Amoeba Films

Brian Wimer, Primary Instigator

Food Fight :: Viral Video

Three moms in Charlottesville were taking on Big Fast Food, in an online contest from a site called They had survived a few rounds of elimination and I wanted to help boost their chances at taking down the clown.

This “beat” poetry spot I wrote was shot in a makeshift boxing ring in a local mixed-martial arts facility. Key was making it look enough like Ronald without actually being Ronald (local actor Jon Emm, playing the pugilist clown). Incidentally, those stars and stripes Rocky Balboa shorts on Denise Stewart are mine. Music from our good friends at We Are Star Children.

The spot culminated in the creation of a fictional non-profit NOMAC – the National Organization of Mothers Against Clowns. And although they got passionate support from a lot of moms (and dads), they were eventually eliminated in the semi-finals (by some hipsters in New Haven hawking Pad Thai in a pita). At least they didn’t go down without a fight.

This was their mid-competition press release:

“By 2020, half of Americans will be diabetic,” warns Ivana Kadija, a Charlottesville health coach. “Somebody has to do stand up and do something … if only to protect the kids.”

She and two other Charlottesville moms (teacher Emily Morrison and non-profit exec Wendy Philleo) have been selected by a nationwide competition to redefine fast food. In the last round, their team, “Food For Thought,” came first in votes, bringing them to the semifinals.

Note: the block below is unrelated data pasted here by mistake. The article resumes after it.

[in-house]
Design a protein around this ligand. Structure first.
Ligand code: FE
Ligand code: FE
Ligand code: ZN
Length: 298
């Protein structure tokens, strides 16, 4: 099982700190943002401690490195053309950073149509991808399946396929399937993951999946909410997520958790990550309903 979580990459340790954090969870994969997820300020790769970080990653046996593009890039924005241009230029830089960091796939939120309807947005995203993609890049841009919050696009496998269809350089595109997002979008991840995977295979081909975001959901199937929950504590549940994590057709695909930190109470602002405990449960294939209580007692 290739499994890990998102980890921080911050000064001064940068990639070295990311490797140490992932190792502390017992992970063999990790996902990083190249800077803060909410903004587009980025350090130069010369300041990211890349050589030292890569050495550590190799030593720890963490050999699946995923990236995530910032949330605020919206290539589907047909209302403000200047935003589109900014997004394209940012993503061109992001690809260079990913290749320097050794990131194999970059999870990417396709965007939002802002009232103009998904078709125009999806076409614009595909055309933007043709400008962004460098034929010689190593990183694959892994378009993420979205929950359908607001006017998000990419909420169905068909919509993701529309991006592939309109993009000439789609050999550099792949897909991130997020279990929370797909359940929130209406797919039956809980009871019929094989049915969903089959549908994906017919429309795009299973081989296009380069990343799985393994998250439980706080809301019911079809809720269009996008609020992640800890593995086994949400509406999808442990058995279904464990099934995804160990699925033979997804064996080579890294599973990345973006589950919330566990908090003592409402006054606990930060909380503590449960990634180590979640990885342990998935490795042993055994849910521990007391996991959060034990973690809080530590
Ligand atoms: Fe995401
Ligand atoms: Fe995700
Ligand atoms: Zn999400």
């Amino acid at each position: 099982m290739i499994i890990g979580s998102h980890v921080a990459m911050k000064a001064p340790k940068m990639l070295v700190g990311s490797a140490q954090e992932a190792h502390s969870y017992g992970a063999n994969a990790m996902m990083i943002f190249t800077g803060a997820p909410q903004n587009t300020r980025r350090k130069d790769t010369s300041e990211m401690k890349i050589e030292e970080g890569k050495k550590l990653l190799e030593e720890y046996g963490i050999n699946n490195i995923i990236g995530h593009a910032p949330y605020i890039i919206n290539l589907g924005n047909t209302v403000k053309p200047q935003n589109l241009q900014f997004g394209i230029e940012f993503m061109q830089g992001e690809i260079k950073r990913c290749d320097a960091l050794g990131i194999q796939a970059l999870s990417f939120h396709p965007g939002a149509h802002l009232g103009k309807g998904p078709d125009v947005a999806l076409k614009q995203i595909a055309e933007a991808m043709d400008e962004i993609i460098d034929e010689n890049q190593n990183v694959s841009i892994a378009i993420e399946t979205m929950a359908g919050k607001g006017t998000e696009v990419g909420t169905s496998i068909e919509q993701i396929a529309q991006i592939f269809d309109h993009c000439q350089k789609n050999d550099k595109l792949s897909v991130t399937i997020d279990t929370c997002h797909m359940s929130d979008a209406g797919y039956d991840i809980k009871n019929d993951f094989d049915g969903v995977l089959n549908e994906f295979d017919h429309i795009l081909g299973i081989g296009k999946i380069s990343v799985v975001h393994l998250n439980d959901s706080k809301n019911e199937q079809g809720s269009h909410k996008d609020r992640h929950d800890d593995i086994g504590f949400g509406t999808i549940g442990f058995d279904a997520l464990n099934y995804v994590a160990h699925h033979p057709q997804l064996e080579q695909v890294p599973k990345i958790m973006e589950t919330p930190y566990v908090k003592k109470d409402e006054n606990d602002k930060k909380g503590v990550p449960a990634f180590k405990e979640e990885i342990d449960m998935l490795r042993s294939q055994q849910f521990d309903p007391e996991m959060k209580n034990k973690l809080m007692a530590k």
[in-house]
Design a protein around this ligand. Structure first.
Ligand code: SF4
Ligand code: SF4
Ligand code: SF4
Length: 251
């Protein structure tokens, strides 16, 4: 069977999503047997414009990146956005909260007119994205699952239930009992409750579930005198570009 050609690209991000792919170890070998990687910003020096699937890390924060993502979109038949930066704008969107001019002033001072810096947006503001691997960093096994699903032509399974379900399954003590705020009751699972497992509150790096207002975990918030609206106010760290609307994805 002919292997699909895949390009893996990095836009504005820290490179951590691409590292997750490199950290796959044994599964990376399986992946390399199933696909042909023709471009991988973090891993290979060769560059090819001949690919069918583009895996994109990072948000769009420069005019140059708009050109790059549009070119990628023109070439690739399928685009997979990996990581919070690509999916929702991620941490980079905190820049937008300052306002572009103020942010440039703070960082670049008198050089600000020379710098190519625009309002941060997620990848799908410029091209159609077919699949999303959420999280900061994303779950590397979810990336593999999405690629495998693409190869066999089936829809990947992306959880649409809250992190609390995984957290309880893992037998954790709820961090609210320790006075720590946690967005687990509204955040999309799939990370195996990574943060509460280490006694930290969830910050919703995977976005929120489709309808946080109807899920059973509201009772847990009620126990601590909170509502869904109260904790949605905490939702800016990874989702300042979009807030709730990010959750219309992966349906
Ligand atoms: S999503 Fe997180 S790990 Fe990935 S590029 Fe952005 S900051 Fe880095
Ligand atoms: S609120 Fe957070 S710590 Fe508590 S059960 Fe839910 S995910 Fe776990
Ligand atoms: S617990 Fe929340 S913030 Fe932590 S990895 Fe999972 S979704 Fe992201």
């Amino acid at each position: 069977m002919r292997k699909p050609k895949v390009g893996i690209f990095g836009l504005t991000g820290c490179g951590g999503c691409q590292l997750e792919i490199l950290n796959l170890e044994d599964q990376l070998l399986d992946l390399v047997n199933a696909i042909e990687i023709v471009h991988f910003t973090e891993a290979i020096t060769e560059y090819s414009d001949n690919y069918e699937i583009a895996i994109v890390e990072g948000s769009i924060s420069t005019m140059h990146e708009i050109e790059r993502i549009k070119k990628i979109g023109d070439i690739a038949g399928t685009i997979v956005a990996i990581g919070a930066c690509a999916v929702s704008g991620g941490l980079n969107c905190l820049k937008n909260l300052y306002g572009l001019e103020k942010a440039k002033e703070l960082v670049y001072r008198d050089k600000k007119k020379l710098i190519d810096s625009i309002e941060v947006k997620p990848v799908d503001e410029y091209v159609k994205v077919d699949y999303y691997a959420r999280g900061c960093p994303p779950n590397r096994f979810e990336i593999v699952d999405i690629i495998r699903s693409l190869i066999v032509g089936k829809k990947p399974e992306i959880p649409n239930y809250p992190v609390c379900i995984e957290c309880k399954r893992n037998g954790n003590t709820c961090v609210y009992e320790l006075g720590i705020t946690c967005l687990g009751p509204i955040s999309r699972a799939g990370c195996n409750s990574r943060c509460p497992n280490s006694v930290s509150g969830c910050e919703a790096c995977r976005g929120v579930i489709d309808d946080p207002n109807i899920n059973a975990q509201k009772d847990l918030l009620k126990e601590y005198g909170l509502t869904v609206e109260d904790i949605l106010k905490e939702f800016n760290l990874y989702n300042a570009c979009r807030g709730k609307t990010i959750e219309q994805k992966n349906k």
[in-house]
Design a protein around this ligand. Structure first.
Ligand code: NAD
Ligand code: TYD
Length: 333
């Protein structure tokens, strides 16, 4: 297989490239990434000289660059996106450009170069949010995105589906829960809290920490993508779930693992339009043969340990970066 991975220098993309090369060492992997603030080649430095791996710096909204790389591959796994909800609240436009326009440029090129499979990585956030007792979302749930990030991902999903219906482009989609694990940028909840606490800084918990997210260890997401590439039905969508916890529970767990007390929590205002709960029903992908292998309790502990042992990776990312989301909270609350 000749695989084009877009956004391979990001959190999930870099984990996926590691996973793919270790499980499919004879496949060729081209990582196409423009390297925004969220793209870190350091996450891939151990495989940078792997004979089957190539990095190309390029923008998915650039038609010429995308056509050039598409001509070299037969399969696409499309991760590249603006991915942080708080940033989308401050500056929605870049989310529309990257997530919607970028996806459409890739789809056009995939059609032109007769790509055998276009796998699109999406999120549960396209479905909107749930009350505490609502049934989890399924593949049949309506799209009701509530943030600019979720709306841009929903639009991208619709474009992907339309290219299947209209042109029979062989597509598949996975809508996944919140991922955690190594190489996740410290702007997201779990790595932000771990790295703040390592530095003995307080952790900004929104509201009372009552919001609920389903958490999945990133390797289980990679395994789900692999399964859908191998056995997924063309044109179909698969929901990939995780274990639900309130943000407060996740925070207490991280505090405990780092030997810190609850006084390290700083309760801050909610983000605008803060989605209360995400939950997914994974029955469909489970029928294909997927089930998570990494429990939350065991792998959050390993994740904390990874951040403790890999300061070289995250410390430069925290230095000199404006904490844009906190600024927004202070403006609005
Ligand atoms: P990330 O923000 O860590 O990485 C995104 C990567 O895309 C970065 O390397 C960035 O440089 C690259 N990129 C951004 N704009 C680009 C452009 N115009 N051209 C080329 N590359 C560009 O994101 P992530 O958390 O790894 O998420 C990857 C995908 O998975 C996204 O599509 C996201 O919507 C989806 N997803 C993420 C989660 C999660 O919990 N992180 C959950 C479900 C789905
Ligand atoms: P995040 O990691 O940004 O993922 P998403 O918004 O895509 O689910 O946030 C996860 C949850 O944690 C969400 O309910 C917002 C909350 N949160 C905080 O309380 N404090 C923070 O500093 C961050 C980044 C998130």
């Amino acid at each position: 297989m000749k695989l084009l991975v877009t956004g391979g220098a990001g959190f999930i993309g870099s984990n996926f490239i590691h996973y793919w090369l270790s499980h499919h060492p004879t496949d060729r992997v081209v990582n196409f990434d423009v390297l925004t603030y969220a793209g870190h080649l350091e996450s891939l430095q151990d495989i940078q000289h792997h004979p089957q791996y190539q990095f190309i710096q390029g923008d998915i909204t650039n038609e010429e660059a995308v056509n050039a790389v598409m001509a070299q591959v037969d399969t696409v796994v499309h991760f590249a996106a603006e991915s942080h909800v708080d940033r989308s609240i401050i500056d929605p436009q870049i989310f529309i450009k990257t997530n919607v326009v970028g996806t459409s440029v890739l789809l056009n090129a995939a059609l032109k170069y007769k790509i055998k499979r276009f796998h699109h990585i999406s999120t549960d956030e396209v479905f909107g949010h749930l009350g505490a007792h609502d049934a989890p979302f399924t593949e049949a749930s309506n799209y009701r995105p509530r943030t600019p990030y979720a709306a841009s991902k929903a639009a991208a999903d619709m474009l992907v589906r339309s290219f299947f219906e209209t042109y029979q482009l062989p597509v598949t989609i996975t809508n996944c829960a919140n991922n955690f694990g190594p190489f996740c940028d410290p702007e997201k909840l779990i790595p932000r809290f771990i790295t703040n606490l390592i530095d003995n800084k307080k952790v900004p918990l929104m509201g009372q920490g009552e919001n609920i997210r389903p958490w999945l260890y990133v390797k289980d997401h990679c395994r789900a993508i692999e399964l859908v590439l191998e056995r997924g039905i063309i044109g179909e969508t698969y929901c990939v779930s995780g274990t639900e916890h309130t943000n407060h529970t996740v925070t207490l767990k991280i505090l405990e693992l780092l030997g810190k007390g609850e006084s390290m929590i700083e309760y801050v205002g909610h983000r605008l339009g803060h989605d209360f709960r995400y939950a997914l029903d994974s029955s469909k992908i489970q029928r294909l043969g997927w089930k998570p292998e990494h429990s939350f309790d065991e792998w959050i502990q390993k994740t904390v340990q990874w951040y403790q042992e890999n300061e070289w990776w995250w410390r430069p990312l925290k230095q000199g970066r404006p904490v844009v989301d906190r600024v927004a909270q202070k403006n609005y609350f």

If they win, they could receive up to $40k to help promote their idea, and change the face of food in America and more importantly in Charlottesville, where they head up the Charlottesville Food Initiative.

Their primary focus in this competition is to address predatory fast food marketing directed at children. According to the American Psychological Association, it is “fundamentally unfair” to market to children 8 and under, “who can’t recognize the persuasive intent of advertising and to filter its messages accordingly.”

What irks these moms most is the “pester power” fast food marketers rely on. If children beg enough, they’ll get busy parents to bring them to the burger joints. The junk food industry directs $1.6 billion in ad revenue at kids in the US every year. It pays off. According to market studies, 40% of kids ask for fast food once a week. 15% of preschoolers ask for it every day. What are they getting? Bad nutrition and early-onset diabetes.

“Of 3,000 fast food franchise kids’ meals offered only 15 meet minimum nutrition criteria,” quotes Kadija, citing a recent study by Yale’s Rudd Center for Food Policy & Obesity. One in five American kids is obese. And one in three faces a life with diabetes. “Can’t these companies see they’re killing kids?”

The moms’ first target: the clown. McDonalds far outspends all other fast food franchises in targeting children. 40% of their marketing dollars are aimed at kids. In the last three years, they’ve increased ad spending on kids by 26%. They are the largest distributer of toys in the US and operate more playgrounds (8,000) than any other entity. 96% of American kids recognize Ronald McDonald – second only to Santa Claus.

“We need to burst that clown’s balloon,” says Kadija.

For more information on Food For Thought, contact Ivana Kadija at:

434-293-2804 or




Amoeba Art & Media (a.k.a. Amoeba Films) is an award-winning production company and film studio in Central Virginia.

Contact :: Brian Wimer, Primary Instigator • 434.249.8759

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